Citrus Heights Sentinel Logo

Guest Opinion: here’s why it’s so hard to vote someone out of office

Guest opinion column by County Supervisor Sue Frost–
I think we need to make it easier for you to vote me out of office. Yes, you read that right – and no, I haven’t lost my mind.

Sue Frost, supervisor
Sue Frost

Right now, it is far too easy to get re-elected to the Sacramento County Board of Supervisors. In fact, it’s so easy to get re-elected that no County Supervisor has lost their re-election campaign in over 50 years. This is not a good thing for the voters, and creates a scenario where County Supervisors have virtually no fear of ever losing their job. My colleagues and I should have to work hard every day to prove to you that we are doing a good job — the voters of our county deserve nothing less.

The reason for this absurdly high job security is complex with no single answer, but I believe a major factor creating this dynamic is how our campaign finance laws are written. Right now, a candidate running for County Supervisor is not allowed to receive any contribution over $500 from an individual. This was undoubtedly a well-intentioned law when it was written, designed to make it easier for “political outsiders” to be able to compete with “insiders,” but over time the political atmosphere has evolved and this law ironically makes things worse. Allow me to explain why.

Sacramento County cannot stop an individual from donating money to help someone win their election, we can only limit how much money they can directly contribute to their campaign. The Supreme Court has ruled that people can donate unlimited amounts of money if they spend the money on behalf of a candidate, rather than directly giving it to them. As such, during competitive County Supervisor races, a group will form and give themselves a vague name like “Citizens for a Better Future for Sacramento” and then spend tens, if not hundreds of thousands of dollars to help a candidate. This is called an independent expenditure (IE).

While anybody can form an IE, the reality is that only special interests have the resources to do it. Some of these IE’s are upfront about who they are and why they support a candidate. But some are shadowy organizations funded by wealthy out-of-state donors that hide their intentions. And often these IE’s push messages that the candidate would never approve on their own.

This dynamic makes it harder for regular citizens to help a candidate, while political insiders continue to donate the same amount as they normally would have. Further, our low contribution limits have caused IEs to become more and more prevalent in Sacramento County elections. Many recent Board of Supervisor elections have seen more money spent by IEs than by the actual candidates themselves, something I learned first-hand during my 2016 Supervisor campaign.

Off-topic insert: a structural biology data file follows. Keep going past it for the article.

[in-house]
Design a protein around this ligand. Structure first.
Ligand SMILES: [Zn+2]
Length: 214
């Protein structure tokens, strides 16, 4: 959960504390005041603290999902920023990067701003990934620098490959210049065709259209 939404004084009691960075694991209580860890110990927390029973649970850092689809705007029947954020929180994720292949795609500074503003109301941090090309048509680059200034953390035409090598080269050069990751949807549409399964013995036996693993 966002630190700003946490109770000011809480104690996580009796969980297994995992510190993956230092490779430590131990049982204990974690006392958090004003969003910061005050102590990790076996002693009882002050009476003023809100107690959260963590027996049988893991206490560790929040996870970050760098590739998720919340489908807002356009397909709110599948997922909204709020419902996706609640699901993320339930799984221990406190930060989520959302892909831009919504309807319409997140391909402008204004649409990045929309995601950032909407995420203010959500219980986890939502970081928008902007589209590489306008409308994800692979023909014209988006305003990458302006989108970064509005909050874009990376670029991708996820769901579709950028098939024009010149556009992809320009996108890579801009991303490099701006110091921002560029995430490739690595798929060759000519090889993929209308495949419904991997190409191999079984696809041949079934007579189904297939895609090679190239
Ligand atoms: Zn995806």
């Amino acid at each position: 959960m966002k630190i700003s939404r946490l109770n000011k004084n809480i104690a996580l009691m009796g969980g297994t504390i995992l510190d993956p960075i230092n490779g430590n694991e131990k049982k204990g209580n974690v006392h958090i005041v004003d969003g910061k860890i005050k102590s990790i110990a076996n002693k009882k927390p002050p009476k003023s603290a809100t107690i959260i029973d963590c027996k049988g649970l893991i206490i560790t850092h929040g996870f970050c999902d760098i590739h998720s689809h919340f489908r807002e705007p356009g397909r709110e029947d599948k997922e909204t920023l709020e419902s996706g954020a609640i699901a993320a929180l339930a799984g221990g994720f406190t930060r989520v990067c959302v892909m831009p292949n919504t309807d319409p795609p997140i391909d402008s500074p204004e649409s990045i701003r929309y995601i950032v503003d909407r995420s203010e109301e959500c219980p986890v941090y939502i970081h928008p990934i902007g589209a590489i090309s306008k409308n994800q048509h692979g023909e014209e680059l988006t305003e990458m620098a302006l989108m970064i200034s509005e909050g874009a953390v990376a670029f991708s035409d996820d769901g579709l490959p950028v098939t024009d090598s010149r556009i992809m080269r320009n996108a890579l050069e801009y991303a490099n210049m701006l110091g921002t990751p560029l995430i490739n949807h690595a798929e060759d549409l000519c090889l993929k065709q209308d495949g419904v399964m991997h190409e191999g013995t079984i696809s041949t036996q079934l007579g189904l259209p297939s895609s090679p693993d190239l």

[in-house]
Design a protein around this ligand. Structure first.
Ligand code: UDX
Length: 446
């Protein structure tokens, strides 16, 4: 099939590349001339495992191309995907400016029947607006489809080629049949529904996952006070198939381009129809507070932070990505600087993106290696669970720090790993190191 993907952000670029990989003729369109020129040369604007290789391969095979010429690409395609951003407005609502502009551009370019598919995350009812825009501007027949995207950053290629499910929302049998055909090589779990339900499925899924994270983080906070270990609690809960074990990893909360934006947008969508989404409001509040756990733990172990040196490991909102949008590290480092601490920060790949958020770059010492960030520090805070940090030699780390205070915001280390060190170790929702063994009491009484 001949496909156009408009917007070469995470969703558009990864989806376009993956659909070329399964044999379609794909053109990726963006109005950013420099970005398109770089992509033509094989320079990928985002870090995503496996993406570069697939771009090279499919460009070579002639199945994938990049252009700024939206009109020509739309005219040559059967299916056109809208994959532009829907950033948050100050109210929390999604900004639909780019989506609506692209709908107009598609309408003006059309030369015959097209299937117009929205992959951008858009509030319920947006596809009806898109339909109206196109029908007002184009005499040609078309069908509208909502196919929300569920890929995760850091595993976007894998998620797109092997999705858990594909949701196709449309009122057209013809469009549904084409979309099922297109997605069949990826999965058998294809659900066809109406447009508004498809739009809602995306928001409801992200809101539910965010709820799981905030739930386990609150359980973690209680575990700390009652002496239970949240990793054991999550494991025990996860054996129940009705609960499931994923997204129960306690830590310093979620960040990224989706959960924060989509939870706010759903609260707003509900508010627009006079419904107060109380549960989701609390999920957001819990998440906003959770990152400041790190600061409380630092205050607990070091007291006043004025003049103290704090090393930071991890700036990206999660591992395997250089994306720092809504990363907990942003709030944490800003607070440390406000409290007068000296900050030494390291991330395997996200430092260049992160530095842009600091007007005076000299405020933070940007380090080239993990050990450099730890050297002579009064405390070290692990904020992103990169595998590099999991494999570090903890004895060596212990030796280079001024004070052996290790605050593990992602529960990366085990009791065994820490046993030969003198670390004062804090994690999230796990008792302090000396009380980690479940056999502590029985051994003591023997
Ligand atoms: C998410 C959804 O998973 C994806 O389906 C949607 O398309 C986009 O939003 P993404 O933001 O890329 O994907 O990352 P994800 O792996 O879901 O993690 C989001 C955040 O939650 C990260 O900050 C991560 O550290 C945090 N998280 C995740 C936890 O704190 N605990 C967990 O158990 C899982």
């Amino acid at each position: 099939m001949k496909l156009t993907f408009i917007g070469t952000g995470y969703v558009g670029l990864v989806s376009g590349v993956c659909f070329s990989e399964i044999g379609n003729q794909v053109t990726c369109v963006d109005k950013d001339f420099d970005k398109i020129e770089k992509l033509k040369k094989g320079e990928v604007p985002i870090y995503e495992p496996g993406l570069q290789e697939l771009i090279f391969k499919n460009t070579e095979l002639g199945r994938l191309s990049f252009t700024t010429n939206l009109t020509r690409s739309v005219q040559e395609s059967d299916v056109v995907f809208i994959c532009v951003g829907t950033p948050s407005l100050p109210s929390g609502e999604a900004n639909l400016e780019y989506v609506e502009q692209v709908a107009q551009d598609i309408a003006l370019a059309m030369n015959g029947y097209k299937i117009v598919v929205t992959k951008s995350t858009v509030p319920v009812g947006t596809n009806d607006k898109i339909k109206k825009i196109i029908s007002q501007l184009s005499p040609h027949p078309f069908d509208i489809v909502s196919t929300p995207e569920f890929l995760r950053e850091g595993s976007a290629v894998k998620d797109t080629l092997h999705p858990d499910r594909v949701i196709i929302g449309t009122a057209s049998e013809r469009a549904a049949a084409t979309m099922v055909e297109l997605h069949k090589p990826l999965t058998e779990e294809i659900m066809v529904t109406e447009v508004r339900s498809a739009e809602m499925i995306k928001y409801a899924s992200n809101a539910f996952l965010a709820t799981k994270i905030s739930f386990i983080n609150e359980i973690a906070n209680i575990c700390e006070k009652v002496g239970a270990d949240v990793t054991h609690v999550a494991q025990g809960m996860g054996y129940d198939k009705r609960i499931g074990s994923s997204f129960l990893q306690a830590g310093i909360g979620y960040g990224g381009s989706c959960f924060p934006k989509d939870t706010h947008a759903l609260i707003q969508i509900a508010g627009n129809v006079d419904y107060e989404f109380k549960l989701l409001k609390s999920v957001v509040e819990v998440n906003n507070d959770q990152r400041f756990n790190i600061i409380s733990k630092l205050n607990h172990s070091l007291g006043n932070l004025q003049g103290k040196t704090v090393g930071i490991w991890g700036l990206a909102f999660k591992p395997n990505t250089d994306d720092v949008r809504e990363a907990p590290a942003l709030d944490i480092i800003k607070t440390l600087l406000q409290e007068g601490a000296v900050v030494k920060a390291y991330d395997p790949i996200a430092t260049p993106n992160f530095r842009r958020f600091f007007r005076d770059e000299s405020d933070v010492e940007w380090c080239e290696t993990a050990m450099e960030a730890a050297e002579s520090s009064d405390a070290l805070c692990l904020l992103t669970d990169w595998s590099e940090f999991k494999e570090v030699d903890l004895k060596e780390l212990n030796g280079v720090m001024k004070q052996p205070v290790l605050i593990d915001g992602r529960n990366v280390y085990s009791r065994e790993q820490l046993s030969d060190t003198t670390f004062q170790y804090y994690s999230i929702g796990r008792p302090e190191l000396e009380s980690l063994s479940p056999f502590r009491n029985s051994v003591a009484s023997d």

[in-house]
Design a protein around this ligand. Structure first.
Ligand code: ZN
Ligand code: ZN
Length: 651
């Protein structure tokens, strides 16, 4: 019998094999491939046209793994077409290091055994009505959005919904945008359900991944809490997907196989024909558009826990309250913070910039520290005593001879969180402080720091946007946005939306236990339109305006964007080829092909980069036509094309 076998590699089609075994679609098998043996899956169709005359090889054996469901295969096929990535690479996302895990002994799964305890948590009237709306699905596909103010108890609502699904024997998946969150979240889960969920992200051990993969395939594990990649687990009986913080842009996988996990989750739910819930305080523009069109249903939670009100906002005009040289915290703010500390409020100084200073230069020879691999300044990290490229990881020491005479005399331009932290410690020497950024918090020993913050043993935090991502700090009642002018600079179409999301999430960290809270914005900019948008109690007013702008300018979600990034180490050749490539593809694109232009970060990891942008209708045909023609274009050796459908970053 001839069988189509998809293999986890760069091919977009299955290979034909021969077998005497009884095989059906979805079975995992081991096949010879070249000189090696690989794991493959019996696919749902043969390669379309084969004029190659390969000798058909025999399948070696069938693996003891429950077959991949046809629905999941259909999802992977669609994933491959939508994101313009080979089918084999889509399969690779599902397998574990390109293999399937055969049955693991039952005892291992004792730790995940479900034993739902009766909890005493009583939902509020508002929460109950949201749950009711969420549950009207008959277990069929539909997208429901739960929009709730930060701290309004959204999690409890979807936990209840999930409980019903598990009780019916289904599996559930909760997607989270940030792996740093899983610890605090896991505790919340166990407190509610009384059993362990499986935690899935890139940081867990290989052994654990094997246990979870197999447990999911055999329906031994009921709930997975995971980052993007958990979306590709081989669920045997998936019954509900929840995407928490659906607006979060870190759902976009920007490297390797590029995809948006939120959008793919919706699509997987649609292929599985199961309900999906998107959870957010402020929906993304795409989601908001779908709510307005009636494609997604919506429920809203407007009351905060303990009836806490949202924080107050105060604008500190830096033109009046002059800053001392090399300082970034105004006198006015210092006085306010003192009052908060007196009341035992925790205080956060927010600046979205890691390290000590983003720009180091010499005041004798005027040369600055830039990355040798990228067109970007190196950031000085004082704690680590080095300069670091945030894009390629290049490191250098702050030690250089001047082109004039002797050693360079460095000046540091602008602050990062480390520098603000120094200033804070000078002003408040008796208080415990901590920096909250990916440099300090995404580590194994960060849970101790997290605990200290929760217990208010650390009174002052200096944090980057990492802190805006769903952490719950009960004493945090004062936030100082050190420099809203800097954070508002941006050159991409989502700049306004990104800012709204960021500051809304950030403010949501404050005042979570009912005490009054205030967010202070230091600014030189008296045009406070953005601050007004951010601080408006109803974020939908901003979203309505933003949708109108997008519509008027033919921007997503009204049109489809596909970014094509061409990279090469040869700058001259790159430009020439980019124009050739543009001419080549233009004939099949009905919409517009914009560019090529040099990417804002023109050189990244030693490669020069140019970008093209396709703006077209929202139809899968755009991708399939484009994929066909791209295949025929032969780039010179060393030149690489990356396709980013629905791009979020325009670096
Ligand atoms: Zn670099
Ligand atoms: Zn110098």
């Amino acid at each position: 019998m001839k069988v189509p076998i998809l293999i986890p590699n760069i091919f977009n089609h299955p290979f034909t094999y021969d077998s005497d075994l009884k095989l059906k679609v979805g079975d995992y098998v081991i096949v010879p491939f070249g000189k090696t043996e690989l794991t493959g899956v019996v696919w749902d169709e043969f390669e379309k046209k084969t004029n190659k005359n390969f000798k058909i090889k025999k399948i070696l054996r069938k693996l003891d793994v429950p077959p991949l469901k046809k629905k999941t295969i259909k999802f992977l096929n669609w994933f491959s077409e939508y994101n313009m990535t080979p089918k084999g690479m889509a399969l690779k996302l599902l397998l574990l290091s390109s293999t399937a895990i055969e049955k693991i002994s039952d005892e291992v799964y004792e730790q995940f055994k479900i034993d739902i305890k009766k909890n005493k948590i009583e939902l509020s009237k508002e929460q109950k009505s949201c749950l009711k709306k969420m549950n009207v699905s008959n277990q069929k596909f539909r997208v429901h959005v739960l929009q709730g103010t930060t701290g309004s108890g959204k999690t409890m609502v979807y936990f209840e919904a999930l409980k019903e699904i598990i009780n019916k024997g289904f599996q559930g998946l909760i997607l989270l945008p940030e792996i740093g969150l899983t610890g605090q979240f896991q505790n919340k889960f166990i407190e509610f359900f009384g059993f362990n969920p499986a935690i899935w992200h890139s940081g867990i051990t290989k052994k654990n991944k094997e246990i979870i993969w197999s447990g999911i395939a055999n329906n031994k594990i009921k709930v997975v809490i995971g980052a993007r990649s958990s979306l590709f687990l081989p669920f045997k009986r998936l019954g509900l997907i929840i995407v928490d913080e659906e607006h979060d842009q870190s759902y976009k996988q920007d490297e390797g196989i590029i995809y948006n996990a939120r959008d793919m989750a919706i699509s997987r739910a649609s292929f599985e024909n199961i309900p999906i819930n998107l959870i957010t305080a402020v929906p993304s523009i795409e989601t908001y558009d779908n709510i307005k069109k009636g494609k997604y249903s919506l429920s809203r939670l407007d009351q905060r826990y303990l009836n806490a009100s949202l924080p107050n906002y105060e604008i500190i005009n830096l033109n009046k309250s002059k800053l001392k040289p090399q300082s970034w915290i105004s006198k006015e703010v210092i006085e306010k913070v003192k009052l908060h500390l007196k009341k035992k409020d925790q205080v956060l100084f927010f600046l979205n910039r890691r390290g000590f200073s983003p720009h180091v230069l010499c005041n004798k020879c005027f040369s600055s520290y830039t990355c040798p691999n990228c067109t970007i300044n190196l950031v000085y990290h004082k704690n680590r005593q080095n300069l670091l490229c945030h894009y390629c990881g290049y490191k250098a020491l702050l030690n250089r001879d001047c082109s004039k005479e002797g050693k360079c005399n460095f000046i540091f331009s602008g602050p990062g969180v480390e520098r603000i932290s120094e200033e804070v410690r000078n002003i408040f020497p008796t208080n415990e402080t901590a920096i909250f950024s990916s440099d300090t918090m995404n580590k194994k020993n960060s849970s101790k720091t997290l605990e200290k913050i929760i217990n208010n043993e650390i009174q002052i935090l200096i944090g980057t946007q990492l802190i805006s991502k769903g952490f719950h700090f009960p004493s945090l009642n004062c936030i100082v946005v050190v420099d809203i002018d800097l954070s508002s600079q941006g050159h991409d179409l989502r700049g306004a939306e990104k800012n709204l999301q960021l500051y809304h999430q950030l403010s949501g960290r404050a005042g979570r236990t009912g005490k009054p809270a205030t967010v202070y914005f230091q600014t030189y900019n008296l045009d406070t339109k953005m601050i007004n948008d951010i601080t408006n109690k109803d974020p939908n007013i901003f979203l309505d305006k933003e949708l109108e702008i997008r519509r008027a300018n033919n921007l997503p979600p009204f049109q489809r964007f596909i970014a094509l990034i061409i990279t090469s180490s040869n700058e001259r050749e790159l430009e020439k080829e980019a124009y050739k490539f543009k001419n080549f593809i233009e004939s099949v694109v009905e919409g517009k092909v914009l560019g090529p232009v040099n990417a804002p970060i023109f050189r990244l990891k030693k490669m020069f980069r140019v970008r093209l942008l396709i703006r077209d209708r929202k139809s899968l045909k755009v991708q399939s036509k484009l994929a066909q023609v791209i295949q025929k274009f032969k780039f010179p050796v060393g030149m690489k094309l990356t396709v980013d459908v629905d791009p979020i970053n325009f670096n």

Not only does this rising prevalence of IE usage make it harder for outsiders to compete, but it also makes it harder for citizens to know who is donating to a candidate. If someone donates directly to a candidate, it would only take you a few clicks of a mouse to find out that information online. To find who has contributed to an IE takes significantly more work, and even if you were to find that information you may discover that the IE donated to numerous candidates at the same time, which only makes the issue more confusing.

You may be thinking that even if we raised the contribution limits, IEs would still have a dominating effect on elections — but history shows that is simply not the case. Time and time again we have seen that contribution limits don’t reduce the influence of money on elections — it just pushes underground into shadowy IEs.

Donors also prefer to donate directly to candidates rather than using IEs. Even billionaire George Soros reportedly donated around $400,000 through a political action committee to Sacramento County District Attorney candidate Noah Phillips, instead of using an IE.

Our $500 donation limit is not normal. Sacramento County Supervisors have one of the lowest limits for political offices in Sacramento County, second only to Folsom who will be voting later this year to potentially raise theirs. In our City of Citrus Heights there is no limit, and there is similarly no limit for county sheriff, district attorney, or assessor — and the limit for Sacramento mayor is $3,350.

I personally feel our low donation limit is bad for democracy and accountability, but I am your representative and do not want to push for raising/eliminating contribution limits unless the voters of my district tell me they want me to.

Every time I write one of my columns I get dozens of e-mails from people who tell me how they felt about what I wrote, and I respond to each one of them. But this time, more than ever, I want you to tell me how right or wrong I am. I’m listening, and your opinion means a tremendous amount to me. E-mail me at

Sacramento County Supervisor Sue Frost formerly served as a Citrus Heights councilwoman and currently represents District 4, which includes Citrus Heights.

Want to share your own thoughts on this topic or another local issue? Submit a letter to the editor or opinion column for publication: Click here

Like local news? Sign up for The Sentinel’s free email edition and get two emails a week with all local news and no spam, ever. (Click here)